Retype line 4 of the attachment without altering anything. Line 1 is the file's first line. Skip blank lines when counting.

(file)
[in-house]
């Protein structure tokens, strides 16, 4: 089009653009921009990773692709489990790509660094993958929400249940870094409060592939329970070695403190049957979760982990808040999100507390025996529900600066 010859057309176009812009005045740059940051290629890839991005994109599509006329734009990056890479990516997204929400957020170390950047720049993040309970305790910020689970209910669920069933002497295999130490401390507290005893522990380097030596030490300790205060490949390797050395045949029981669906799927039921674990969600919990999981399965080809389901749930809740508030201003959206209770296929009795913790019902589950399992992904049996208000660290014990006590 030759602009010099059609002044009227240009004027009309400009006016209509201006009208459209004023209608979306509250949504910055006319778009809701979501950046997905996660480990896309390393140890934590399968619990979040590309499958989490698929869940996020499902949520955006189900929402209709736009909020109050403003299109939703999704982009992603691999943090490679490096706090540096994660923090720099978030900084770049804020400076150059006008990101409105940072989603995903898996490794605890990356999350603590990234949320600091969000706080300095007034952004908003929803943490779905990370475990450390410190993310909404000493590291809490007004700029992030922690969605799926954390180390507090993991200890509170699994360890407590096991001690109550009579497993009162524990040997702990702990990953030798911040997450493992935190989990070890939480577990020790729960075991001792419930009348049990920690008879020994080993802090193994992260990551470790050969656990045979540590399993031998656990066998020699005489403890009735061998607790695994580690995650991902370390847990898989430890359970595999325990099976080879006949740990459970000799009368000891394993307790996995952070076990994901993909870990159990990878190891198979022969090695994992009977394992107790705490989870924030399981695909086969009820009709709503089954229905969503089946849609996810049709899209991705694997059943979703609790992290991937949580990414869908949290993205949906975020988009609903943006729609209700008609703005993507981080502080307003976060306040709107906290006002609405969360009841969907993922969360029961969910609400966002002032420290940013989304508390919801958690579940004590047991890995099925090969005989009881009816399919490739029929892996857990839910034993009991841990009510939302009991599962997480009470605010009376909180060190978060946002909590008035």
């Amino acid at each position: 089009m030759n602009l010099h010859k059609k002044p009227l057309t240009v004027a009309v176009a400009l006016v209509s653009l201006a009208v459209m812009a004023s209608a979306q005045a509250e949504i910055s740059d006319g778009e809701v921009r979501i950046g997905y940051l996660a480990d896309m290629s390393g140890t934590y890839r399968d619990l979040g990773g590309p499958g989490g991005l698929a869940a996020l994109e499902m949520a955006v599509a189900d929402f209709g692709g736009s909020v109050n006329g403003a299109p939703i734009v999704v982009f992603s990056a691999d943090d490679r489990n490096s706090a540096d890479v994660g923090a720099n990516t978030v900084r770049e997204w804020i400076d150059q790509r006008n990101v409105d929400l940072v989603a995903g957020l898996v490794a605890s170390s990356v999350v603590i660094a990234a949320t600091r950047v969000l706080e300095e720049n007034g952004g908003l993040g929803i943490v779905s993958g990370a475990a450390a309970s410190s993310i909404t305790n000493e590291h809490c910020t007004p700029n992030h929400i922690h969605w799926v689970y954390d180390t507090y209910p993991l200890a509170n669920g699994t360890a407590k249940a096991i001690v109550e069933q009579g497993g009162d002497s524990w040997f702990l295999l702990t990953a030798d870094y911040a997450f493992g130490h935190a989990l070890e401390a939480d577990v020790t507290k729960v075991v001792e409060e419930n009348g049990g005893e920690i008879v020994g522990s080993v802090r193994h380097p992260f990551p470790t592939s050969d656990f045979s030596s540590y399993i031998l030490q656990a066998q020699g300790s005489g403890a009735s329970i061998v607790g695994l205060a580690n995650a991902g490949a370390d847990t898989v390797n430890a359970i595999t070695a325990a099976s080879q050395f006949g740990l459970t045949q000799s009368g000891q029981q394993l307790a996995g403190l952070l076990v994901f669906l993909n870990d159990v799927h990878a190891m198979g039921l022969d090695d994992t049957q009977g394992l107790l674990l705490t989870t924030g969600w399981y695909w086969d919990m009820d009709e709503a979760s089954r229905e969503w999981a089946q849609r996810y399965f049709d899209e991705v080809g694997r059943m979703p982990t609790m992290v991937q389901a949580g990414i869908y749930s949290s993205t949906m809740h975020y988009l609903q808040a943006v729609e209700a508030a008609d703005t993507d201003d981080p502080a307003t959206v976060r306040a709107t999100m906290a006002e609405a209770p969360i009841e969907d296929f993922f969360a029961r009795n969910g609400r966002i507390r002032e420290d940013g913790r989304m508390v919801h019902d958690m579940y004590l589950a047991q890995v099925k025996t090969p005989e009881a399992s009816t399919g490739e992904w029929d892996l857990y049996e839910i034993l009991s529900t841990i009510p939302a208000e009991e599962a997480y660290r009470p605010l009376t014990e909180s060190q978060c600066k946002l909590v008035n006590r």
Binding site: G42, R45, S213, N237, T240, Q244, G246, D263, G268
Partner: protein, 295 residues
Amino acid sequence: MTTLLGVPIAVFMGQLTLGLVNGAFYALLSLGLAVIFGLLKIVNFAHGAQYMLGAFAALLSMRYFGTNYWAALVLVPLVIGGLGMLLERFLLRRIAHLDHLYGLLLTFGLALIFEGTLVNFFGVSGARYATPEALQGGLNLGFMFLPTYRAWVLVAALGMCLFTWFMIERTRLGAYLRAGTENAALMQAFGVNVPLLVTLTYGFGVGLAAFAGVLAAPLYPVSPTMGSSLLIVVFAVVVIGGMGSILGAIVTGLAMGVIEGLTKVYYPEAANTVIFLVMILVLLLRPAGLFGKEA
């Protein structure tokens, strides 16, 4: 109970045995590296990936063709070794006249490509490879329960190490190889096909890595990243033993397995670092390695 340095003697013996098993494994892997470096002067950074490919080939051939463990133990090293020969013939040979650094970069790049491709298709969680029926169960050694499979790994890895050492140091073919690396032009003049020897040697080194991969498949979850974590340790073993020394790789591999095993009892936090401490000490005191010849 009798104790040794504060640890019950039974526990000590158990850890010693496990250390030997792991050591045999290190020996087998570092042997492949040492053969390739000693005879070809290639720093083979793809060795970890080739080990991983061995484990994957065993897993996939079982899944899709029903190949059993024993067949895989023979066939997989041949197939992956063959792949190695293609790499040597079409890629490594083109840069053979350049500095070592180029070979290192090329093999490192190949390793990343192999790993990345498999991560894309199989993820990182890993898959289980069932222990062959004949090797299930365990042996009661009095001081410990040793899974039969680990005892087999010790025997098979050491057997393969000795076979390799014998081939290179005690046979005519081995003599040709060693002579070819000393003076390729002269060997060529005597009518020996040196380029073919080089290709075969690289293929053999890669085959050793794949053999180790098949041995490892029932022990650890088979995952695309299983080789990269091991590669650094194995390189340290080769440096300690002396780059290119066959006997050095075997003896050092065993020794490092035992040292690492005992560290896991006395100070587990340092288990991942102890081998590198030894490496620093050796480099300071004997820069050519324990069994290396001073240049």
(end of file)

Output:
Binding site: G42, R45, S213, N237, T240, Q244, G246, D263, G268